Harold Meyerson

Harold Meyerson is the executive editor of The American ProspectHis email is hmeyerson@prospect.org.

Recent Articles

Why Republicans Can’t Come Up with an Obamacare Replacement

(Photo: AP/Tom Williams/CQ Roll Call)
(Photo: AP/Tom Williams/CQ Roll Call) Representative Cathy McMorris Rodgers, Vice President-elect Mike Pence, Speaker Paul Ryan, House Majority Leader Kevin McCarthy, and Majority Whip Steve Scalise speak during a news conference after a meeting of the House Republican Conference on January 4, 2017, to discuss a strategy to repeal the Affordable Care Act. I t took the United States three and two-thirds years to move from the standing start (to put it mildly) of Pearl Harbor to victory in World War II. Perhaps more germane, it took Franklin Roosevelt’s administration two years and three months from FDR’s first inauguration to conceive, refine, and enact its defining pieces of legislation, Social Security and the National Labor Relations Act—and just a few short weeks to enact federal insurance for depositors’ bank accounts. Now, compare these endeavors—some arduous, some intellectually challenging—with the Republicans’ efforts to come up with a replacement for the Affordable Care Act (...

How Not to Make America Great Again

AP Photo/Claire Galofaro
AP Photo/Claire Galofaro Terry Wright, a 59-year-old retired union painter, adjusts the U.S. flag on his porch in Portland, a white, working class neighborhood in Louisville. trickle-downers.jpg I t’s the 1950s, Donald Trump told New York Times reporter David Sanger , that is the “again” he has in mind when he speaks of making American great again. We may cavil that in the Fifties, African Americans still suffered under Jim Crow laws and women endured their own distinctive discrimination, but for the white male working class—whose heirs, today, are the core of Trump’s support—things had never been better. They were still the guys who’d won World War II, and their newfound material prosperity was the social miracle of the age, and testament to the rightness of the American way. But if Trump’s appeal to his base is his promise to restore these onetime protagonists of the American epic to their rightful place, he’ll need a radically different set of economic policies than those he now...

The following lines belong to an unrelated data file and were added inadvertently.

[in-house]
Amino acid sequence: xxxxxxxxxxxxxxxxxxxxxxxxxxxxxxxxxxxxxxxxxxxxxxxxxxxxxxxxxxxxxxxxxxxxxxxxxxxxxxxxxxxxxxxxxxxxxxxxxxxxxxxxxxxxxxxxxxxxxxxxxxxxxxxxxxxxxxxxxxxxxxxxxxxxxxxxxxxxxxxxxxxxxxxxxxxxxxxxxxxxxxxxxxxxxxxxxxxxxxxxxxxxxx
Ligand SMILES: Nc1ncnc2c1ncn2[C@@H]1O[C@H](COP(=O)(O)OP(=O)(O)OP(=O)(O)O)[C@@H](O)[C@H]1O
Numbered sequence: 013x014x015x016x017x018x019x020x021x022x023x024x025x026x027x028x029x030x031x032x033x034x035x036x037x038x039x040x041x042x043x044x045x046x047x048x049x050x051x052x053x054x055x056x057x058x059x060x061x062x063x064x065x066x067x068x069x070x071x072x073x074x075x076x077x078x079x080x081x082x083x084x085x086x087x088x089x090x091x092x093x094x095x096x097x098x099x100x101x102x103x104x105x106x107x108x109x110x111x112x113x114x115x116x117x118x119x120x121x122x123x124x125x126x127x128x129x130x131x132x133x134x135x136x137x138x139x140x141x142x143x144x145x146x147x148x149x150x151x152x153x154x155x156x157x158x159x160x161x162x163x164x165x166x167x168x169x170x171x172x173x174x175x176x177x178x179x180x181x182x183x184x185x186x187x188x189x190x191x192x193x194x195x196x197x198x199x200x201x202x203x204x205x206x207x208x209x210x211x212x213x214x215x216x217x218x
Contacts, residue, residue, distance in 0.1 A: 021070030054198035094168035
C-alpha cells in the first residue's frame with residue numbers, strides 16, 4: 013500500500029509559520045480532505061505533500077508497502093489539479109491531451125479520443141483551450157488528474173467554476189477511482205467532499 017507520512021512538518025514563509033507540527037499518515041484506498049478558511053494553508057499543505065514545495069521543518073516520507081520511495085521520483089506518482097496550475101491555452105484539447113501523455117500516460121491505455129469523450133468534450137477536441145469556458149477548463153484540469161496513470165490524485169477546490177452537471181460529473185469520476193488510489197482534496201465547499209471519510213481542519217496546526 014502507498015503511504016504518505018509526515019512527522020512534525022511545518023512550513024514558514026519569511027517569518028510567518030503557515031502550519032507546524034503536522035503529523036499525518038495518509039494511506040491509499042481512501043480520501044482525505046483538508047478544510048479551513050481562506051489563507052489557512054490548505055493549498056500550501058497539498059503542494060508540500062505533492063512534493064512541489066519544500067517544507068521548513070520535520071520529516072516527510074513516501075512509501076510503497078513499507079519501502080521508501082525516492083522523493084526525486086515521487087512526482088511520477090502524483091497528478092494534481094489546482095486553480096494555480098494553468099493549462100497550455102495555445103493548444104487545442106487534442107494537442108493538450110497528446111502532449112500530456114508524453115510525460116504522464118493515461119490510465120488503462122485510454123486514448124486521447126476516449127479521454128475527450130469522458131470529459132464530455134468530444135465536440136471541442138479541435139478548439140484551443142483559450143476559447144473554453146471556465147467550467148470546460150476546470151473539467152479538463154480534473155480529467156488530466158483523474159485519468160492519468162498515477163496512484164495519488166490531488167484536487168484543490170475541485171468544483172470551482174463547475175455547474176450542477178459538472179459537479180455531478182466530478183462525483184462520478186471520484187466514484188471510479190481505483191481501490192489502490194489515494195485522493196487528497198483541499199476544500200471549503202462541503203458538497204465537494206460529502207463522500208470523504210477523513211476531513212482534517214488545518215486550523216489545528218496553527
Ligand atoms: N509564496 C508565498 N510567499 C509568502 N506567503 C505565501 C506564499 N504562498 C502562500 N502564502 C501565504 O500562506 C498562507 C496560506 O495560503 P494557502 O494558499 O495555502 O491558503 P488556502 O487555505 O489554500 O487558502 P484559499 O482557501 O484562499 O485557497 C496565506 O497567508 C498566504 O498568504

An Alternative to Puzder

Fast-food CEO Andy Puzder, Donald Trump’s pick for labor secretary, is a big fan of robots—and not so much of humans. In an interview with Business Insider last March, Puzder had this to say about our robotic little friends: “They’re always polite, they always upsell, they never take a vacation, they never show up late, there’s never a slip-and-fall, or an age, sex, or race discrimination case.”

Correspondingly, Puzder’s record makes clear that the wants and needs of human workers repel and disgust him. He’s opposed increases to the minimum wage, and the extension of overtime eligibility to workers making more than $23,000 a year. His fast-food outlets have been penalized for violating minimum-wage laws. And as his Business Insider disquisition makes clear, things like employee vacations and slipping on the job—things that come out of Puzer’s profits, that is—drive him batty.

When the Senate convenes in January to consider Trump’s cabinet nominations, it might be prudent for the solons to apply Puzder’s tests for human frailty to the nominees—at minimum, to Puzder himself. Is he always polite? Has he been known to take vacations? Or slip? Or fall? If so, wouldn’t a robot do a better job? Any robot programmed to become labor secretary, after all, would likely understand better than Puzder that its mission is to advance rather than retard the interests of American workers.

The senators should heed Puzder’s advice: Reject his nomination and petition Trump to send them a robot, which, by any criterion, including that of human empathy, would be more qualified than the current nominee. 

What Economists Learned in 2016 -- Long After Everyone Else

Alex Milan Tracy/Sipa via AP Images
Alex Milan Tracy/Sipa via AP Images Protesters gathered outside a World Affairs Council meeting on the Trans Pacific Partenership with the U.S. Ambassador to Brunei in Portland, Orgon. trickle-downers.jpg T his week, Bloomberg’s Noah Smith published a list of “ten excellent economics books and papers” that he read in 2016. Number three on his list was the now celebrated paper, “The China Shock: Learning from Labor-Market Adjustment to Large Changes in Trade,” by economists David Autor, David Dorn and Gordon Hanson. Here’s Smith’s summary of the work and its consequences: This is the paper that shook the world of economics. Looking at local data, Autor et al. found that import competition from China was devastating for American manufacturing workers. People who lost their jobs to the China Shock didn’t find new good jobs—instead, they took big permanent pay cuts or went on welfare. The authors also claim that the China Shock was so big that it reduced overall U.S. employment. This...

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